Rutgers University Faculty Members Go on Strike

by Peter Candia

Late Sunday evening, three unions representing Rutgers faculty announced the beginning of a labor strike. The labor organizations decided to go on strike after over 280 days without a new contract. Rutgers University is New Jersey’s largest public university with over 67,000 students. The Rutgers strike will halt classes, research and more at the university.  

The Rutgers Adjunct Faculty Union, the AAUP-AFT and the AAUP-BHSNJ joined together on Sunday and voted to begin a strike. Together, the three unions represent full and part-time lecturers, graduate workers, counselors, postdoctoral associates and all faculty members. 

In a letter released by AAUP-AFT, the union stated that by exercising their right to withhold their labor, it would be proven to the administration that without the workers, the university would crumble. This was sent in an email to University President Jonathan Holloway and other administration members on Sunday. This comes at a time when union organizing and labor consciousness is increasing across the country. By holding back their work, Rutgers faculty feels they will achieve their goal of a new contract that is fair for all.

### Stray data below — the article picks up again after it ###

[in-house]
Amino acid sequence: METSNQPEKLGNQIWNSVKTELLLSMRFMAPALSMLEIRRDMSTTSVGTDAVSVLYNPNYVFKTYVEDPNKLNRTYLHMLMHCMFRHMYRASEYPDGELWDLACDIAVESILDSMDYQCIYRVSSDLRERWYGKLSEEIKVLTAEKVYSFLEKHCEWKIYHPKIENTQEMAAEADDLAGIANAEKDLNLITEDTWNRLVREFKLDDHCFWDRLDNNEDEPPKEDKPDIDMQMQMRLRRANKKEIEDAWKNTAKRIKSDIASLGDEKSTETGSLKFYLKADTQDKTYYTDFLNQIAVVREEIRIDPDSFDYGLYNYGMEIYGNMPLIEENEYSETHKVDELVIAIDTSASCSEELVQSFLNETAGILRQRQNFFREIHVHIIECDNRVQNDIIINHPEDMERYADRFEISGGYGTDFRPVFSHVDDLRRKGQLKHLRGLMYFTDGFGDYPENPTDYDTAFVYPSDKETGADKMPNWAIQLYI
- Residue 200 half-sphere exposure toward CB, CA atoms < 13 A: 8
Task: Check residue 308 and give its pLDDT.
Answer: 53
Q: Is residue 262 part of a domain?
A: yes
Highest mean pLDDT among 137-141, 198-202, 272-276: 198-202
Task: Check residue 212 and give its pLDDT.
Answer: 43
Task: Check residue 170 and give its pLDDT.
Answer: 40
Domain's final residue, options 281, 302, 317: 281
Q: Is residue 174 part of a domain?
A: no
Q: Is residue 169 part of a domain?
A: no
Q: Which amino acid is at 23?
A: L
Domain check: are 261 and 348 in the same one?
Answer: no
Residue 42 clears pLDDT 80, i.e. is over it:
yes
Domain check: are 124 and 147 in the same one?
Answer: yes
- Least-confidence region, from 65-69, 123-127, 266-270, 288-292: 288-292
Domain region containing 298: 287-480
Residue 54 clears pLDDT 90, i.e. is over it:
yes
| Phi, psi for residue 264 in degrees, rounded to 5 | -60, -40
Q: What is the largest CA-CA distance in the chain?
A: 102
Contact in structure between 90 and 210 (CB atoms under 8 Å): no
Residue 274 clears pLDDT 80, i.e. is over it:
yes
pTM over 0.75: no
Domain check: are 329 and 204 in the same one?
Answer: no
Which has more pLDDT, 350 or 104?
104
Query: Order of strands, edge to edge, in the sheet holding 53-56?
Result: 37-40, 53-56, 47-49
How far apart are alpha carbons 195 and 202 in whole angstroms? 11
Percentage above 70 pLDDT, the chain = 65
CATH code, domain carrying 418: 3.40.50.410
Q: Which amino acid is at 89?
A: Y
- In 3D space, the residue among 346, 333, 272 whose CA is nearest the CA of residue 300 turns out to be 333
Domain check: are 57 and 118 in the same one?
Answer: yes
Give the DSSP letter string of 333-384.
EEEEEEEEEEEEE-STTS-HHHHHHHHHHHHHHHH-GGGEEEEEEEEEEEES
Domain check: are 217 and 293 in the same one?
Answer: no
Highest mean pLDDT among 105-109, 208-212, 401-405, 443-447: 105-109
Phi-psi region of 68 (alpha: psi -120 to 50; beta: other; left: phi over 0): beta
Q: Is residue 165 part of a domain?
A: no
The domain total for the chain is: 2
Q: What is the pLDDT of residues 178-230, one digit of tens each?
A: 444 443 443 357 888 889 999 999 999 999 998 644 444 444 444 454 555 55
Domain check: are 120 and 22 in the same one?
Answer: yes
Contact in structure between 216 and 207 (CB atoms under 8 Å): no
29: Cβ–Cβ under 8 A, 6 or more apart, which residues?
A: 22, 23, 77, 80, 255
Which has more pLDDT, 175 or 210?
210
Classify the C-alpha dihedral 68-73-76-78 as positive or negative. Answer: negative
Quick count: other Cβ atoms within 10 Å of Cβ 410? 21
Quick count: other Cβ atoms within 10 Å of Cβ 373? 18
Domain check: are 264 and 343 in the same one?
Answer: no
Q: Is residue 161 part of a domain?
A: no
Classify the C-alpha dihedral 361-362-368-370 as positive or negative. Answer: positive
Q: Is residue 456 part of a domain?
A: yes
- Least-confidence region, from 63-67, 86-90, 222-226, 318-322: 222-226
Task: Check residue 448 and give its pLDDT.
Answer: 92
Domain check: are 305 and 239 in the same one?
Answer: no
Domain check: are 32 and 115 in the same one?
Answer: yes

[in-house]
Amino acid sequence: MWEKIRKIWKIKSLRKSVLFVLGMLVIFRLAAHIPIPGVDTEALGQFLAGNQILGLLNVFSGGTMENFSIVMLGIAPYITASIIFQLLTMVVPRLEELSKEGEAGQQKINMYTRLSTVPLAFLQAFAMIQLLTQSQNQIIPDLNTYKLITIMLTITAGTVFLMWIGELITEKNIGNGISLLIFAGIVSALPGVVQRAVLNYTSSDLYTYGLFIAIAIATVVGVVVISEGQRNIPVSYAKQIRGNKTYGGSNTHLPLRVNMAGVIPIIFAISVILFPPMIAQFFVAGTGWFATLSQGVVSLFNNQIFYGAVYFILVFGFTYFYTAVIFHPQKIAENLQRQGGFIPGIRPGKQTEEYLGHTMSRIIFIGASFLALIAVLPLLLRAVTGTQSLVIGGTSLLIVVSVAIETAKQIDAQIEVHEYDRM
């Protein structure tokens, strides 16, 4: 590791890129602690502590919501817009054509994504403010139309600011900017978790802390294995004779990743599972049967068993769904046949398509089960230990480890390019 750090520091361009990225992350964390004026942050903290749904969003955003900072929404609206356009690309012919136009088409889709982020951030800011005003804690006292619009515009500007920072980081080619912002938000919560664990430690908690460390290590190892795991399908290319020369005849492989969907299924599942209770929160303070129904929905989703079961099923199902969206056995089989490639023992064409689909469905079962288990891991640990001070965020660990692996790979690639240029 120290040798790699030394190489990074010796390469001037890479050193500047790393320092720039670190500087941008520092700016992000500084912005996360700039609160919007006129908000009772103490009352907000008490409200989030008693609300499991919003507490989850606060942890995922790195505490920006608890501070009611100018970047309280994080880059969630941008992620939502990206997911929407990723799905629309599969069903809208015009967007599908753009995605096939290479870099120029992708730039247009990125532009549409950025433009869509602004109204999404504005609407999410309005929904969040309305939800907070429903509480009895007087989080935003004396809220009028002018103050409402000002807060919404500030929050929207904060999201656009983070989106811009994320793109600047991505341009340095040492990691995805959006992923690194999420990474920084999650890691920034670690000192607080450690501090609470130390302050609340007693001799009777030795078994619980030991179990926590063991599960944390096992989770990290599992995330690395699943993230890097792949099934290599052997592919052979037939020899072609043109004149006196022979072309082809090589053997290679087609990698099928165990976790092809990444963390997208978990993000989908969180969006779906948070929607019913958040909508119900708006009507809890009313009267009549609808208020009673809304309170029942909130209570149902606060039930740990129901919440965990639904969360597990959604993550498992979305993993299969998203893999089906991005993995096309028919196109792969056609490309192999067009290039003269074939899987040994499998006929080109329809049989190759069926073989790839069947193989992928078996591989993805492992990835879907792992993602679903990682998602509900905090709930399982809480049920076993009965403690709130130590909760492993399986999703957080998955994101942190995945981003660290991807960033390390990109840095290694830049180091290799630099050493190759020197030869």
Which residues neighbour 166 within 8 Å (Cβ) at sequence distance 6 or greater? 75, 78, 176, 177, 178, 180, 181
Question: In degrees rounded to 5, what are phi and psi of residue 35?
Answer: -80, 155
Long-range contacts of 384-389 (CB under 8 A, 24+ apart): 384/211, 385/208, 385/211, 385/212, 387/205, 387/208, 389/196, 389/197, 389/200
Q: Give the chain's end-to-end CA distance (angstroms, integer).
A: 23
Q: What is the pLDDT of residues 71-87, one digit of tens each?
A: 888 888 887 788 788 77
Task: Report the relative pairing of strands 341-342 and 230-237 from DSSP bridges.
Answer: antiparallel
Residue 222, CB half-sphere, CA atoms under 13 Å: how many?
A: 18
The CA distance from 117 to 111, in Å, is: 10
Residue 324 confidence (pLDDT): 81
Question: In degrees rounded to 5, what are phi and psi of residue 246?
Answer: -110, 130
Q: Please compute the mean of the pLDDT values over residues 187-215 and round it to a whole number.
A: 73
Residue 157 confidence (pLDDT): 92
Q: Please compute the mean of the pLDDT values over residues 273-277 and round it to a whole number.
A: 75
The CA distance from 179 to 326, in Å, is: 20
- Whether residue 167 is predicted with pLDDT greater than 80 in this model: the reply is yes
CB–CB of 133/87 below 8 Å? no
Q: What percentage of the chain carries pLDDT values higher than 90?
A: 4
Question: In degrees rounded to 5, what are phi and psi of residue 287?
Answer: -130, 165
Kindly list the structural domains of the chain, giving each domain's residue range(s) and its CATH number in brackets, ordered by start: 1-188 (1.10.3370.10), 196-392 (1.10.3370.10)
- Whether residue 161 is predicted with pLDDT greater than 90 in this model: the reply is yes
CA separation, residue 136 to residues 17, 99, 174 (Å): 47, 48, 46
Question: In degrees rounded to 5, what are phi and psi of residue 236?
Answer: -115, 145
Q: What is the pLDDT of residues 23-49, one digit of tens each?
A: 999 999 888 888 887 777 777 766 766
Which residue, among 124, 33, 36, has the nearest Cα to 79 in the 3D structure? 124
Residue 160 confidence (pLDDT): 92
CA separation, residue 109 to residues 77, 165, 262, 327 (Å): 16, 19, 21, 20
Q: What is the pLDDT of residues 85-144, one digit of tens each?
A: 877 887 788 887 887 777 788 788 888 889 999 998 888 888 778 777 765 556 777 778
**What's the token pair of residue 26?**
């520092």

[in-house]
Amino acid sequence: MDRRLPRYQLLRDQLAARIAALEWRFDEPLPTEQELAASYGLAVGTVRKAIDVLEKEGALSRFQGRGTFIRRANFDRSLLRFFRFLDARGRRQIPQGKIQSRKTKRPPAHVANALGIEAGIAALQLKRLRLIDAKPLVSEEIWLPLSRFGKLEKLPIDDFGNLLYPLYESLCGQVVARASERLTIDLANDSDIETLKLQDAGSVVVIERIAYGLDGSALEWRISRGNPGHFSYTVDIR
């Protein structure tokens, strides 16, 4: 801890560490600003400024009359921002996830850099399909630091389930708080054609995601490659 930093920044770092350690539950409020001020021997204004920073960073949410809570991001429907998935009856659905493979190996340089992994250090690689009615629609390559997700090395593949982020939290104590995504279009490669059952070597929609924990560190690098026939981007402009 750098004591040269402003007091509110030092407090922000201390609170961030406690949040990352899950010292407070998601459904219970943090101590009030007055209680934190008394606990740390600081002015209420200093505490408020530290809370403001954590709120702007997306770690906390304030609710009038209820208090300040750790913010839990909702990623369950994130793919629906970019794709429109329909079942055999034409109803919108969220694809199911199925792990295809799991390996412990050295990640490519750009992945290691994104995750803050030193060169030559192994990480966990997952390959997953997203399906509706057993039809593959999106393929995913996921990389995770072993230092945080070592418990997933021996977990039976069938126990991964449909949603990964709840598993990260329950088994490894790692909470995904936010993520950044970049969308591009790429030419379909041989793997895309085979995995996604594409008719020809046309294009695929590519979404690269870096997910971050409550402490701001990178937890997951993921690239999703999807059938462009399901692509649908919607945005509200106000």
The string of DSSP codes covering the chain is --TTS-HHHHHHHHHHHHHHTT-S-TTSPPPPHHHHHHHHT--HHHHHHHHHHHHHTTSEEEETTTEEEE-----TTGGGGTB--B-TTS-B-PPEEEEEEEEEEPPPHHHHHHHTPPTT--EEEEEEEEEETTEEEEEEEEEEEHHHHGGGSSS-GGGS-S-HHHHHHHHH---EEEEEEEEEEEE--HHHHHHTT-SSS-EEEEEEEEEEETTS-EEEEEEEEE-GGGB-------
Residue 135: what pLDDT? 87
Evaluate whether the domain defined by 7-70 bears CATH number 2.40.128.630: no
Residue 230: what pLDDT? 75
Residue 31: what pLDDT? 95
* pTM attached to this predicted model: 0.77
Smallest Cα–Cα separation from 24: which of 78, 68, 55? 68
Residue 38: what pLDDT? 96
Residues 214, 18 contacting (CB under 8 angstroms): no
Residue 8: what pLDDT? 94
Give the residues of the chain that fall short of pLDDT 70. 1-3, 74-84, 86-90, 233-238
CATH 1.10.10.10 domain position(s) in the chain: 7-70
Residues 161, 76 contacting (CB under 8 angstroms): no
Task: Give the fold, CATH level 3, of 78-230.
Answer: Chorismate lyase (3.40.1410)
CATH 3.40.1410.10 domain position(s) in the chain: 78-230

A spokesperson for the union stated: “The administration doesn’t understand that we are determined to fight together for equal pay, equal work, a living wage for all, real job security, race and gender equity, and a fair salary increase. We have no other choice than to go on strike to build a university that truly values its workers and its students.”

In the university’s 257-year history, it is the first time the Rutgers faculty as a whole has gone on strike and is the first strike at Rutgers since AFSCME workers at the university did so in 1987. 

The administration expressed immediate concern about the strike. Holloway stated that he was deeply disappointed, going on to claim that faculty and administration agreed to the use of a mediator for future negotiations. 

The organizers stated that they expect to receive backlash and intimidation from the administration. Holloway himself was quoted saying a Rutgers strike would be “unlawful” in a letter sent to students last month. 

After the announcement on Sunday, Governor Phil Murphy called for both parties to meet with him and have a productive dialogue to achieve a beneficial outcome for all sides.

The Rutgers strike is expected to expedite the negotiation process. After 284 days without a contract, faculty felt labor withholdment was the logical next step. You can follow the developments of the situation here.


About the Author/s

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Peter Candia is the Food + Drink Editor at New Jersey Digest. A graduate of The Culinary Institute of America, Peter found a passion for writing midway through school and never looked back. He is a former line cook, server and bartender at top-rated restaurants in the tri-state area. In addition to food, Peter enjoys politics, music, sports and anything New Jersey.

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